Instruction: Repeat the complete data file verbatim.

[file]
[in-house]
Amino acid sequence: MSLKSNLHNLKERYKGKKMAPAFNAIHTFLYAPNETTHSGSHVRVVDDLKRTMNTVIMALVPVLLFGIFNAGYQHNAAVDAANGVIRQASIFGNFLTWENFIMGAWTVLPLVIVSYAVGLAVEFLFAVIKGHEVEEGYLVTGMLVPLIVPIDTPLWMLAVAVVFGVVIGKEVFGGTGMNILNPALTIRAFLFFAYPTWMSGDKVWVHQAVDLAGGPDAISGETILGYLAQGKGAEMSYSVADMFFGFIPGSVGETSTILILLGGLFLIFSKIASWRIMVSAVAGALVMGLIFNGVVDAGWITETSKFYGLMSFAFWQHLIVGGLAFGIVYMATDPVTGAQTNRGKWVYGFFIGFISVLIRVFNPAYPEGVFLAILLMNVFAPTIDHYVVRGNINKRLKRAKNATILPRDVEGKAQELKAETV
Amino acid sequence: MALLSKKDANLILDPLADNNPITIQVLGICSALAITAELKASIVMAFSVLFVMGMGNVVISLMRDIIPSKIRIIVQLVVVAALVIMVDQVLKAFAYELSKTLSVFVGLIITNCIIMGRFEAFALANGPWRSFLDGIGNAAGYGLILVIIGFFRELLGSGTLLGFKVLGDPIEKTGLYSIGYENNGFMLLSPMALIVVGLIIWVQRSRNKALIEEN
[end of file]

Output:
[in-house]
Amino acid sequence: MSLKSNLHNLKERYKGKKMAPAFNAIHTFLYAPNETTHSGSHVRVVDDLKRTMNTVIMALVPVLLFGIFNAGYQHNAAVDAANGVIRQASIFGNFLTWENFIMGAWTVLPLVIVSYAVGLAVEFLFAVIKGHEVEEGYLVTGMLVPLIVPIDTPLWMLAVAVVFGVVIGKEVFGGTGMNILNPALTIRAFLFFAYPTWMSGDKVWVHQAVDLAGGPDAISGETILGYLAQGKGAEMSYSVADMFFGFIPGSVGETSTILILLGGLFLIFSKIASWRIMVSAVAGALVMGLIFNGVVDAGWITETSKFYGLMSFAFWQHLIVGGLAFGIVYMATDPVTGAQTNRGKWVYGFFIGFISVLIRVFNPAYPEGVFLAILLMNVFAPTIDHYVVRGNINKRLKRAKNATILPRDVEGKAQELKAETV
Amino acid sequence: MALLSKKDANLILDPLADNNPITIQVLGICSALAITAELKASIVMAFSVLFVMGMGNVVISLMRDIIPSKIRIIVQLVVVAALVIMVDQVLKAFAYELSKTLSVFVGLIITNCIIMGRFEAFALANGPWRSFLDGIGNAAGYGLILVIIGFFRELLGSGTLLGFKVLGDPIEKTGLYSIGYENNGFMLLSPMALIVVGLIIWVQRSRNKALIEEN